Secondary Logo

Institutional members access full text with Ovid®

Acute Management of Hypertension Following Intracerebral Hemorrhage

Haller, J. Tyler, PharmD; Wiss, Adam L., PharmD; May, Casey C., PharmD, BCCCP; Jones, G. Morgan, PharmD, BCPS, BCCCP; Smetana, Keaton S., PharmD, BCCCP

doi: 10.1097/CNQ.0000000000000247
Original Articles
Buy
SDC

Intracerebral hemorrhage (ICH) is responsible for approximately 15% of strokes annually in the United States, with nearly 1 in 3 of these patients dying without ever leaving the hospital. Because this disproportionate mortality risk has been stagnant for nearly 3 decades, a main area of research has been focused on the optimal strategies to reduce mortality and improve functional outcomes. The acute hypertensive response following ICH has been shown to facilitate ICH expansion and is a strong predictor of mortality. Rapidly reducing blood pressure was once thought to induce cerebral ischemia, though has been found to be safe in certain patient populations. Clinicians must work quickly to determine whether specific patient populations may benefit from acute lowering of systolic blood pressure (SBP) following ICH. This review provides nurses with a summary of the available literature on blood pressure control following ICH. It focuses on intravenous and oral antihypertensive medications available in the United States that may be utilized to acutely lower SBP, as well as medications outside of the antihypertensive class used during the acute setting that may reduce SBP.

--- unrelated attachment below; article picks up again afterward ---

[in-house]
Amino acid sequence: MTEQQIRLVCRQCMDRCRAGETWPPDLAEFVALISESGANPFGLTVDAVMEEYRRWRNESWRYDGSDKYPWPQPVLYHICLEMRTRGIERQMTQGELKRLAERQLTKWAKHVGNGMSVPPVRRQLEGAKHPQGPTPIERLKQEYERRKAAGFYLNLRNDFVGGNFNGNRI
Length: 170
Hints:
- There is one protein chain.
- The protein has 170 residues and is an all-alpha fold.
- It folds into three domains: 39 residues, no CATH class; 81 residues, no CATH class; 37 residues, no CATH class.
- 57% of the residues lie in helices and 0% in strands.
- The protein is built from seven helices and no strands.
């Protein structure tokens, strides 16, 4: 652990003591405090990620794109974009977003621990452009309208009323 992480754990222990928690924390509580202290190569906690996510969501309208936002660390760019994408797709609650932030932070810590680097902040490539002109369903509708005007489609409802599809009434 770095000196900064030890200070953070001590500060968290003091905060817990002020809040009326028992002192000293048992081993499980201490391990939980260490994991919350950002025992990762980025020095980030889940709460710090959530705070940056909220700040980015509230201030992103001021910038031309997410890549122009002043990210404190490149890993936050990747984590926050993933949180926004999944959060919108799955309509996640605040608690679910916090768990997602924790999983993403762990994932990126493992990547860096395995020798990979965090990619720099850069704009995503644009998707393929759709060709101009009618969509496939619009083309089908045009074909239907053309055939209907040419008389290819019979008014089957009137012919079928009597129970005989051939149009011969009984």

Department of Pharmacy, Methodist University Hospital, Memphis, Tennessee (Drs Haller and Jones); Department of Pharmacy, The Ohio State University Wexner Medical Center; Columbus (Drs Wiss, May, and Smetana); and Department of Clinical Pharmacy, Neurology and Neurosurgery, University of Tennessee Health Sciences Center, Memphis (Dr Jones).

Correspondence: Keaton S. Smetana, PharmD, BCCCP, The Ohio State University Wexner Medical Center, 410 W. 10th Ave, Doan Hall Room 368, Columbus, OH 43210 (Keaton.Smetana@osumc.edu).

The authors have disclosed that they have no significant relationships with, or financial interest in, any commercial companies pertaining to this article.

Copyright © 2019 Wolters Kluwer Health, Inc. All rights reserved